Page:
Audit of Boundary Forest District’s small business program shows improvements necessary to meet Forest Practices Code
VICTORIA- Forest practices in the Ministry of Forests’ Small Business Forest Enterprise Program (SBFEP) in the Boundary Forest District complied with most requirements of the Forest Practices Code, but there was poor performance in several important areas. These results are reported in a Forest Practices Board audit released today.
The district’s road deactivation activities did not meet Forest Practices Code requirements. Roads that were deactivated were not identified in the district’s forest development plan, and there was a lack of signs on the roads. “The public would not know which roads are planned for deactivation or were actually deactivated. This could result in safety issues, loss of access and confusion about what access is available,” said Keith Moore, Chair of the Forest Practices Board.
In addition, deactivation performed on several roads was not adequate to control water flow and stabilize the roads. Inadequate deactivation resulted in the deposit of sediment into a stream and caused two slides. “The Board is concerned that severe impacts can occur if roads are not properly deactivated,” said Moore.
Timber harvesting practices generally complied with Code requirements, however the audit identified numerous instances of non-compliance. In several cases, harvesting activities did not comply with operational plans.
In several areas approved for partial cutting substantially more trees were cut than authorized. In another instance, the district did not take adequate measures to ensure identified cultural heritage resource values were protected during harvesting.
“The district was being innovative by implementing partial cutting systems and a variety of logging methods,” said Moore. “However, plans must reflect the forest conditions and be achievable. It is also important that the district closely supervise operations to ensure the objectives are met and the planned number of trees are left. Operators need to have the right skill, experience and equipment to carry out the complex plans.”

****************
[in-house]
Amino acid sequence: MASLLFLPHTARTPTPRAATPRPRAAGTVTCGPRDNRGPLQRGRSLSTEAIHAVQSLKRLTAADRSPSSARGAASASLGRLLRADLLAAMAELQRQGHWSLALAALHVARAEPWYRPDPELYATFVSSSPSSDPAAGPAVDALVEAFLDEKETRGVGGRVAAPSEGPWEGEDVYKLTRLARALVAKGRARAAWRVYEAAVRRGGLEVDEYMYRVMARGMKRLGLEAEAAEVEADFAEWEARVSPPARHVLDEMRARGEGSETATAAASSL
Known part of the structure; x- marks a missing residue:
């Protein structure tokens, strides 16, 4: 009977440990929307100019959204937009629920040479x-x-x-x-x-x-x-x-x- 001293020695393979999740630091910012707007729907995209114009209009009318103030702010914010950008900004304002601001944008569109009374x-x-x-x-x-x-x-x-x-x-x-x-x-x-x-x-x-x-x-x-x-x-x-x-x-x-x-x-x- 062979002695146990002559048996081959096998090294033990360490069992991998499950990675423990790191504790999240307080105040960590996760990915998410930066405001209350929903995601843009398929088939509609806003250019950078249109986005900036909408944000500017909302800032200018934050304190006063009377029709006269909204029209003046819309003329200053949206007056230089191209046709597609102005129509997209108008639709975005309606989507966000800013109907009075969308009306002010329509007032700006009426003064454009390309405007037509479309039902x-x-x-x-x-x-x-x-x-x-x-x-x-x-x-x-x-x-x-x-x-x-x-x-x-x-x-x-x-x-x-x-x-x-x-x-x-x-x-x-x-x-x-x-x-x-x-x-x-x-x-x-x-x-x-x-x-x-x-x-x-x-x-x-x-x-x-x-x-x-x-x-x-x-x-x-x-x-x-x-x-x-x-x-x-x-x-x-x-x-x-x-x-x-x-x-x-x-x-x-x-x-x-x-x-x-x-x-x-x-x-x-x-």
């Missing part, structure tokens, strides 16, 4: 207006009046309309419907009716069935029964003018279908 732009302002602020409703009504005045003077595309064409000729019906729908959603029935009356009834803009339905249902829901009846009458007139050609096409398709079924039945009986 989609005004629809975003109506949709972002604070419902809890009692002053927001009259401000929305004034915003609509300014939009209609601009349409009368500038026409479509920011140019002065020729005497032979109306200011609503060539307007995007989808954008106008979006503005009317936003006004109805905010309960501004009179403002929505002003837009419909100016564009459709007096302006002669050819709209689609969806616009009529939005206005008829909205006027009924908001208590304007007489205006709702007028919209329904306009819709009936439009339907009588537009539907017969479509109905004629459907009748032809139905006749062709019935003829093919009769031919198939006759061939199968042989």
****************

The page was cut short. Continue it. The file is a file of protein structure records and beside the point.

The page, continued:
During road construction, there were many instances where culverts were not installed or ditches were not constructed, or those constructed did not meet the requirements of approved construction plans or the Code. While the individual instances of non-compliance were not significant, the frequency of the non-compliance was.
The district’s road maintenance activities generally complied with the Code. However, the Board’s opinion in this part of the audit applies to those roads that access current SBFEP operating areas because the district could not identify all roads that are the responsibility of the SBFEP to maintain.
In its report, the Board makes a number of recommendations to the district to improve its procedures and ensure that operations under the SBFEP comply with the Code in the future. The Board also recommended that the district investigate and take enforcement action to address non-compliance.
The operations of the Boundary SBFEP are conducted in numerous locations around Grand Forks extending north from the Washington-British Columbia border to Big White Mountain, and east from the West Kettle River to Christina Lake.
The audit examined the district’s timber harvesting and road practices, including related operational planning for the period September 1, 1996 to September 15, 1997.
The Boundary SBFEP was randomly selected for audit from the Small Business Forest Enterprise Programs in each forest district in the province. The SBFEP is a program under which the Ministry of Forests awards timber sale licences to small business licensees. The Ministry of Forests and the individual licensees each have separate but interrelated roles and responsibilities within the program. The district is responsible for managing the SBFEP, including preparing and approving operational plans, much of the road construction, maintenance and deactivation, and meeting silviculture obligations. The district has a close working relationship with each licensee and an overall responsibility for managing the SBFEP and also ensuring that licensees have met their Code obligations.
Created in 1995, the Forest Practices Board is BC’s independent watchdog for sound forest practices. The Board provides British Columbians with objective and independent assessments of the state of forest planning and practices in the province, compliance with the Code, and the achievement of its intent. The Board’s main roles are: auditing forest practices, undertaking investigations in response to public complaints, undertaking special investigations of any Code related forestry issues, participating in administrative reviews and appeals and providing reports on Board activities, findings and recommendations.
June 29, 1999